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Suicide Prevention 365-day Mission

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WASHINGTON (Army News Service, Sept. 3, 2013) - September is suicide awareness month and while the Army will highlight suicide prevention this month, the service's vice chief said the effort is year-round.

"This is something we can't just look at in one month," said Vice Chief of Staff of the Army Gen. John F. Campbell. "It has to be a 365-day mission to make sure we can provide our Soldiers with the tools they need to deal with the stressors of everyday life, and help them understand that seeking help is a sign of strength not weakness."

Comparing the March through July 2013 time period to the March through July 2012 time period, Army suicides have gone down slightly -- by about 17. But if January and February are included in those numbers, the Army has so far had the same number of suicides this year as it had last year during the same period: 184. In 2012, the Army had a total of 325 suicides.

Campbell said he's kept abreast of every suicide in the Army; he knows the numbers, and the Army researches every suicide to try to determine what might be the cause. He said that the trends show that most suicides are the result of financial or relationship issues, often exacerbated by drug and alcohol use.

The general said as a way to prevent suicides in the Army, it is critical that commanders and noncommissioned officers know their Soldiers that work for them. And it's important Soldiers know their fellow Soldiers as well.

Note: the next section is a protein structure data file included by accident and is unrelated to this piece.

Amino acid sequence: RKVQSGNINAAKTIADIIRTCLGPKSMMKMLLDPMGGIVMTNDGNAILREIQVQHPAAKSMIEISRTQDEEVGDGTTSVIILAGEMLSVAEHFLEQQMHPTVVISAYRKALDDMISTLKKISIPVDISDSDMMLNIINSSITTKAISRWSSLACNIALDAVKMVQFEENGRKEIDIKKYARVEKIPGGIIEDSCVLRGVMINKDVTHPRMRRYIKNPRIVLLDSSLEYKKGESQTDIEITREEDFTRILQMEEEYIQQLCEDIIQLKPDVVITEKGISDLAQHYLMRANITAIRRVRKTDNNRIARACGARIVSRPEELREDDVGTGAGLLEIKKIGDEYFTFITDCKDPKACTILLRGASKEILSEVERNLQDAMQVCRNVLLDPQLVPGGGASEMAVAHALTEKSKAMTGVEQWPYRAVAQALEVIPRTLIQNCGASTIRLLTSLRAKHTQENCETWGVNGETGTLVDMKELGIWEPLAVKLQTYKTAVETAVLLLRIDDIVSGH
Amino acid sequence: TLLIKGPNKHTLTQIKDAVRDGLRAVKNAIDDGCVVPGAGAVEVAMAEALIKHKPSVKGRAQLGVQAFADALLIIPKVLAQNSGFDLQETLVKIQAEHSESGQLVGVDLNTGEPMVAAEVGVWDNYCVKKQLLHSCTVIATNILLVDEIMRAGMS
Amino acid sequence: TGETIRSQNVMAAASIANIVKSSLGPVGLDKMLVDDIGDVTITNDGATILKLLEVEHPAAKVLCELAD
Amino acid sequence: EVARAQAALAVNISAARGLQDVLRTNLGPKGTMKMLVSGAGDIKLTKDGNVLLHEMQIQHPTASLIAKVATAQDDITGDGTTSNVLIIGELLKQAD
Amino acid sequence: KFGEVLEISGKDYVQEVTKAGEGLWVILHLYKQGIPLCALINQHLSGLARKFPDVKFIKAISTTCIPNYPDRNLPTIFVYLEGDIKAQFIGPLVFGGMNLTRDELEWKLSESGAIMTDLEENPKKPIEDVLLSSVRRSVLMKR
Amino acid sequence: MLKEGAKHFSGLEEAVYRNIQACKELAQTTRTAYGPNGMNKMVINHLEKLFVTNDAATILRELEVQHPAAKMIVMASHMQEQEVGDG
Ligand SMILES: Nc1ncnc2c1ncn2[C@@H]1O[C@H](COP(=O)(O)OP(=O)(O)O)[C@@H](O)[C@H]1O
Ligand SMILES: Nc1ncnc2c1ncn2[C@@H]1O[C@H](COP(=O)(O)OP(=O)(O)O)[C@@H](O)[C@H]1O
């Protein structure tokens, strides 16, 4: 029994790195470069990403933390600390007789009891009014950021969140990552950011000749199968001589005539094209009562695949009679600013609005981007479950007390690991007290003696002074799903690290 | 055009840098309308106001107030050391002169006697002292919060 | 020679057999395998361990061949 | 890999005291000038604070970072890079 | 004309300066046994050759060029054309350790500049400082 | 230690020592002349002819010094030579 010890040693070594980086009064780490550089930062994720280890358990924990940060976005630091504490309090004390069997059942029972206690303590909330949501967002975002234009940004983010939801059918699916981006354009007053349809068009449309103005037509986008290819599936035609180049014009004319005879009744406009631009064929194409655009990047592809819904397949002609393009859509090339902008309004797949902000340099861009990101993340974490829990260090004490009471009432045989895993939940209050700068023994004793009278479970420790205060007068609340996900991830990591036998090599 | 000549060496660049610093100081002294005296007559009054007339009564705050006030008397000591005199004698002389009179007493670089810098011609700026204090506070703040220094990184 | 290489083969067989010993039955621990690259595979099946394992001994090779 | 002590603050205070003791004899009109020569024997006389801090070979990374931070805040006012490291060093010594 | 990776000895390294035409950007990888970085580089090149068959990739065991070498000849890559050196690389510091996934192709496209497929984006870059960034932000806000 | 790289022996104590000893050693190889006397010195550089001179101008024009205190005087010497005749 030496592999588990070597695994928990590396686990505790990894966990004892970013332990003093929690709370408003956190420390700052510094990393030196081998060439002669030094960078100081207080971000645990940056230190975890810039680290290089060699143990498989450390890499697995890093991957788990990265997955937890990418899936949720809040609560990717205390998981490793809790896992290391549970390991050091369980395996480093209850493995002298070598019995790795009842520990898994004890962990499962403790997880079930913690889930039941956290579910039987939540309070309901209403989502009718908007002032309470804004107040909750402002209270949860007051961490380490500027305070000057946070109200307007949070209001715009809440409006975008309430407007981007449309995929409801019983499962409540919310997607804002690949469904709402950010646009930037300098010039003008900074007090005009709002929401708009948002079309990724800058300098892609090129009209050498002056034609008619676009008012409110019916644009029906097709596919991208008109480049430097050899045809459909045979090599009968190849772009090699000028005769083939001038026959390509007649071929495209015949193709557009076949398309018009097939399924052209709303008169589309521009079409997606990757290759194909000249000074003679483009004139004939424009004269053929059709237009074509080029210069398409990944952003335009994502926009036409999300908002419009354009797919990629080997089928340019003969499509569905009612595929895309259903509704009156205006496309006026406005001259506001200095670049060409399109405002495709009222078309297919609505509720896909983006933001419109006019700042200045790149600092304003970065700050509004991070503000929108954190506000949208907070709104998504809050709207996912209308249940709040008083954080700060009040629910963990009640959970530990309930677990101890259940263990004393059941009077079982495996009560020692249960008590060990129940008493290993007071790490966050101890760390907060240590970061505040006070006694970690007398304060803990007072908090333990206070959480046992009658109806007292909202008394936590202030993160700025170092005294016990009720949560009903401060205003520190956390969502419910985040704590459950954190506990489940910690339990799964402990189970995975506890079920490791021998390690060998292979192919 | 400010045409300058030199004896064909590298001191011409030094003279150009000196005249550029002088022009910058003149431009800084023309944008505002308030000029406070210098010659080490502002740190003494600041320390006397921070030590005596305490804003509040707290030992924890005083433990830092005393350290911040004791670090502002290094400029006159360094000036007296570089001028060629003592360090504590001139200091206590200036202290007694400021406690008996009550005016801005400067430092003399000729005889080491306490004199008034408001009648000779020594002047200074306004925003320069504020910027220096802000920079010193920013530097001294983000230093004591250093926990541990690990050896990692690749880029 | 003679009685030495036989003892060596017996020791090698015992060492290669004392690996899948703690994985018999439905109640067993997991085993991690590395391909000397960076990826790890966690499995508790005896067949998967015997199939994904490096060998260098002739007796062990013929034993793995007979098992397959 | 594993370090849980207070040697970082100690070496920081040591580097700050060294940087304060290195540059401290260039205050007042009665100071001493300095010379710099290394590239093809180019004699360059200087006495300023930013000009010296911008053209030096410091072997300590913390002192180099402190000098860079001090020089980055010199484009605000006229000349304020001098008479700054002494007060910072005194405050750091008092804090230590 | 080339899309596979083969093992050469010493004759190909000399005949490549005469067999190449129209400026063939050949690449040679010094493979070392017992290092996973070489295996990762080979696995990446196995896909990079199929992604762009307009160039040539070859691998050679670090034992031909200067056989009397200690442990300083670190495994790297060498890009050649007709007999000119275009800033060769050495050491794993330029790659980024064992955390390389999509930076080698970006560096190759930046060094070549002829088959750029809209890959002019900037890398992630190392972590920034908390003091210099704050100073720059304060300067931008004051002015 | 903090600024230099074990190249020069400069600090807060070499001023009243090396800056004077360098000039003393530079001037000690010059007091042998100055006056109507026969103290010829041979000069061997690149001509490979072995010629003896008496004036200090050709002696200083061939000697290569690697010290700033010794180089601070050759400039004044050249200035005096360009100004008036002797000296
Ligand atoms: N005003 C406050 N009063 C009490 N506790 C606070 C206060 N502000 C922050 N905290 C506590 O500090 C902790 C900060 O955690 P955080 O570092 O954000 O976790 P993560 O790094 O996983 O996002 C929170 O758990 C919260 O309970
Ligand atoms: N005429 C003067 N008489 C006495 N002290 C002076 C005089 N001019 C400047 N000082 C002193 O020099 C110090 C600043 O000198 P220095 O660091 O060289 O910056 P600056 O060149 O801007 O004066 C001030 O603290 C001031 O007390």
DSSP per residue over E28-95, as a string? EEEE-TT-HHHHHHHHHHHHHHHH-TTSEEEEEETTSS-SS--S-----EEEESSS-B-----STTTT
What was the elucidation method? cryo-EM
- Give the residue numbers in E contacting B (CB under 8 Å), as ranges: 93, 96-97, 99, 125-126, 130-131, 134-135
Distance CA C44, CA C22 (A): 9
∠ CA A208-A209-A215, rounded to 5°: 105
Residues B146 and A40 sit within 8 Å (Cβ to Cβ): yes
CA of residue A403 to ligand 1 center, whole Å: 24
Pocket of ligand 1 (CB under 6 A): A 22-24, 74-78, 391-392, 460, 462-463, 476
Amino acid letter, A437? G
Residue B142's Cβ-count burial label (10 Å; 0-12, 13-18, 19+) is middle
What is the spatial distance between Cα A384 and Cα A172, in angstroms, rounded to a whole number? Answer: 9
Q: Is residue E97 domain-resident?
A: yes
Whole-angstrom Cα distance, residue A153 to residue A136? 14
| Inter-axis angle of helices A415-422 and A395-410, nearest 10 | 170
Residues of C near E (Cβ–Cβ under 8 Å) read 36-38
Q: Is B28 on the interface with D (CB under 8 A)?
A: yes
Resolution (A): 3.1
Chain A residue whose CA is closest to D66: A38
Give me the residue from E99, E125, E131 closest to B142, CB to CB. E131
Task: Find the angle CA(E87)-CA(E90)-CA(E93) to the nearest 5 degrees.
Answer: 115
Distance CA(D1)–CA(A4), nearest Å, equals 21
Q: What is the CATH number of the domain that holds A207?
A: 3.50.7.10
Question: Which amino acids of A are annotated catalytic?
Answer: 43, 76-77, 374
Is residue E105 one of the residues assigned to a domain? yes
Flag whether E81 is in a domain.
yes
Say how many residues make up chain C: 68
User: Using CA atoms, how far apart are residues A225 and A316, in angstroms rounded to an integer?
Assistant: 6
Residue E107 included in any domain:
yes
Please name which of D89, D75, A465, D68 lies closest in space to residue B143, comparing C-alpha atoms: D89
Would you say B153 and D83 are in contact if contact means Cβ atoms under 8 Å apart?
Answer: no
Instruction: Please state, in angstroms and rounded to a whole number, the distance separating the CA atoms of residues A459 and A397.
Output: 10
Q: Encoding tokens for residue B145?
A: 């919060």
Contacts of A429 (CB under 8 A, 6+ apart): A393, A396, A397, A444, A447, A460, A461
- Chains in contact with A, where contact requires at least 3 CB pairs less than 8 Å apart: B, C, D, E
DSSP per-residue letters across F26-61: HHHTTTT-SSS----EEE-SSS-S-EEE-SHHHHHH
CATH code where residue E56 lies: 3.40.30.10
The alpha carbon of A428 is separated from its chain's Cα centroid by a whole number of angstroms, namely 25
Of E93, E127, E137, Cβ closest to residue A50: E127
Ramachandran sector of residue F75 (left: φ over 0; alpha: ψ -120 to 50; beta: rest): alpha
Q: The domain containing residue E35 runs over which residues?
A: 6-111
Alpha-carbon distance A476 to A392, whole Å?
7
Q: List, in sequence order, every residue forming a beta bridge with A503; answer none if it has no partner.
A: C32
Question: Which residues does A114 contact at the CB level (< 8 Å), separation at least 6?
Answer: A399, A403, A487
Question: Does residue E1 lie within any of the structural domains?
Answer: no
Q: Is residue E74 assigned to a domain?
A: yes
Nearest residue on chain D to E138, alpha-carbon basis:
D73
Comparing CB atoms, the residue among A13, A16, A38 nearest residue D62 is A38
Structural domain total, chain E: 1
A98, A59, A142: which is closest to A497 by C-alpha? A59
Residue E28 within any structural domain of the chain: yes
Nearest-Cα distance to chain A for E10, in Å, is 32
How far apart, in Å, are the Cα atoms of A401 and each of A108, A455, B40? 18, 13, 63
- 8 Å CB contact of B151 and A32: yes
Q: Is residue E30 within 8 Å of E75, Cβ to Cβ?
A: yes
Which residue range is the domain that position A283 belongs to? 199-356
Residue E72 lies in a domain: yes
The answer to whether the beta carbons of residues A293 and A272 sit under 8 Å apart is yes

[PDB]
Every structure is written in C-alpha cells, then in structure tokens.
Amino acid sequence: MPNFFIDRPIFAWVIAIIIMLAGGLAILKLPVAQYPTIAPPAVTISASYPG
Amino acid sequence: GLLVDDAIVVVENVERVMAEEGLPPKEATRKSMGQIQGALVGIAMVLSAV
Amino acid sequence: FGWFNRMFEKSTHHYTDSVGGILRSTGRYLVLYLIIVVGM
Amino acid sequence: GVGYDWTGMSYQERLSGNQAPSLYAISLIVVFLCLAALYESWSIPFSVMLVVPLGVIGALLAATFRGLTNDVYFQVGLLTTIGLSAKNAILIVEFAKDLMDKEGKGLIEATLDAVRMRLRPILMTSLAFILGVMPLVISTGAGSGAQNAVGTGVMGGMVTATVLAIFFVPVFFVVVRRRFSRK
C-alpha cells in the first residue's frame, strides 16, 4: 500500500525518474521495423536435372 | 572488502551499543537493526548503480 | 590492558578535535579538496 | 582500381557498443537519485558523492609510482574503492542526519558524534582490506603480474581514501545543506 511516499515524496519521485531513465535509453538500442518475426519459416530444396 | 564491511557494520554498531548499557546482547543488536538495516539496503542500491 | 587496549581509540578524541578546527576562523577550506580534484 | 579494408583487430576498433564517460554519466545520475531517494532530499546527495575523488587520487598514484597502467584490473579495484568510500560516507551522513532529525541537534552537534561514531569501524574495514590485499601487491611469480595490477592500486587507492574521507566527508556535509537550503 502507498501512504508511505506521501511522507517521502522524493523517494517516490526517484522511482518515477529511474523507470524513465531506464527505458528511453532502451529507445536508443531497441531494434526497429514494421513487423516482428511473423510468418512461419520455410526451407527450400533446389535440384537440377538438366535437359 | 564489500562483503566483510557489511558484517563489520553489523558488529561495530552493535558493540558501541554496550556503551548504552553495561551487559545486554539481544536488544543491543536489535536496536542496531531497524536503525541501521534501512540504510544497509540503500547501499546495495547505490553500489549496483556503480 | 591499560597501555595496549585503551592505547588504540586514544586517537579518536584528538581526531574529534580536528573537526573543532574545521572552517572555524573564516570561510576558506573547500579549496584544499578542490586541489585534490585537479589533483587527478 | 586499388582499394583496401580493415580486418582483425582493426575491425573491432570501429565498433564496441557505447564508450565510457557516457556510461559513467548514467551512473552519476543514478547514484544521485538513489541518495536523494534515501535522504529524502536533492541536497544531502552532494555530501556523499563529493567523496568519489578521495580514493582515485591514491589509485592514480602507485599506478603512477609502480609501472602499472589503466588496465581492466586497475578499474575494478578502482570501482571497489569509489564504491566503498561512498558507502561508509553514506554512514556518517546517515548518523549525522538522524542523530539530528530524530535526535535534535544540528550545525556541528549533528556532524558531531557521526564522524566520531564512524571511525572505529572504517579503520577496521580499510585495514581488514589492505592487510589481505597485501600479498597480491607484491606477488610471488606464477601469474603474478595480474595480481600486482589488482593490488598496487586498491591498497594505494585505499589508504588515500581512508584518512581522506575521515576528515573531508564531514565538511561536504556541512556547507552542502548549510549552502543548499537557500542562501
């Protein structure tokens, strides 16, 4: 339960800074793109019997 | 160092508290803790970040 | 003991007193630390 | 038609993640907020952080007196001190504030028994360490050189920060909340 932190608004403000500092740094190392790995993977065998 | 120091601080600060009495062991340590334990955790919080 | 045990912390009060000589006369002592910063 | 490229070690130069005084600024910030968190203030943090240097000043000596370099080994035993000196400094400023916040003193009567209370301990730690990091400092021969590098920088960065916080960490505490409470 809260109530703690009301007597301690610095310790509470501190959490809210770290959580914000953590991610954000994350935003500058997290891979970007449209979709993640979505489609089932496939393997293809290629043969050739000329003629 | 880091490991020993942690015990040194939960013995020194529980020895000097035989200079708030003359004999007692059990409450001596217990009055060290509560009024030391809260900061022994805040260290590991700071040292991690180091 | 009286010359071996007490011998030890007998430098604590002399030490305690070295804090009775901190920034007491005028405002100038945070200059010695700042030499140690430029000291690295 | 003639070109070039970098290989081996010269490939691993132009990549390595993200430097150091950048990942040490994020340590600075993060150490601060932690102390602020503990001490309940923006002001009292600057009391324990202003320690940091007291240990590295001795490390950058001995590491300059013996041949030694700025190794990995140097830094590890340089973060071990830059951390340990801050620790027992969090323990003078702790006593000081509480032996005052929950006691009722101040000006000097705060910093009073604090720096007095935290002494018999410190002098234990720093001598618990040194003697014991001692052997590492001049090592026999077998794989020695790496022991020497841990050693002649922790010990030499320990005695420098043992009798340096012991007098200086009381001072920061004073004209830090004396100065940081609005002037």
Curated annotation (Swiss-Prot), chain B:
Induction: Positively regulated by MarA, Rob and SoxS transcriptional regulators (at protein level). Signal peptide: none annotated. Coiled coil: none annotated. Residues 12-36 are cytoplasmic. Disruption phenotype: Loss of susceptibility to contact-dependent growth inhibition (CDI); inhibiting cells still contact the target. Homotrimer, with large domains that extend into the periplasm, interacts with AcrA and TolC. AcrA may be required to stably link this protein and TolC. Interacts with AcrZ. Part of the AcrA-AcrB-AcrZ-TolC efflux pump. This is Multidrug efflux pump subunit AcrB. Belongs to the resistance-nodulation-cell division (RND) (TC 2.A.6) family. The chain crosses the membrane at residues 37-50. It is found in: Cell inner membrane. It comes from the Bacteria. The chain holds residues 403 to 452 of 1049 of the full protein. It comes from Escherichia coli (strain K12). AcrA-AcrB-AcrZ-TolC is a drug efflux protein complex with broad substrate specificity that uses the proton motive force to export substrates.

"Much of it is just about knowing your Soldier, knowing if they have a financial issue, if they have gone through a breakup with a girlfriend, or if they have a problem in their marriage," Campbell said. "It's as simple a thing as sitting down and talking to a Soldier. A lot of time a Soldier is going to keep that to himself. The more you can figure out whether a Soldier is higher risk, you will watch them a little bit more closely and make sure they have the resources to get help."

Campbell said he saw a Soldier suicide for the first time in the early 1980s, while serving in Germany. He was a lieutenant then. Later, as a brigade commander within the 82d Airborne Division, and then later still as commander of the 101st Airborne Division (Air Assault), there were more suicides among Soldiers in his units.

"Not only in garrison but deployed. I've also been in units that had family members who committed suicide," Campbell said.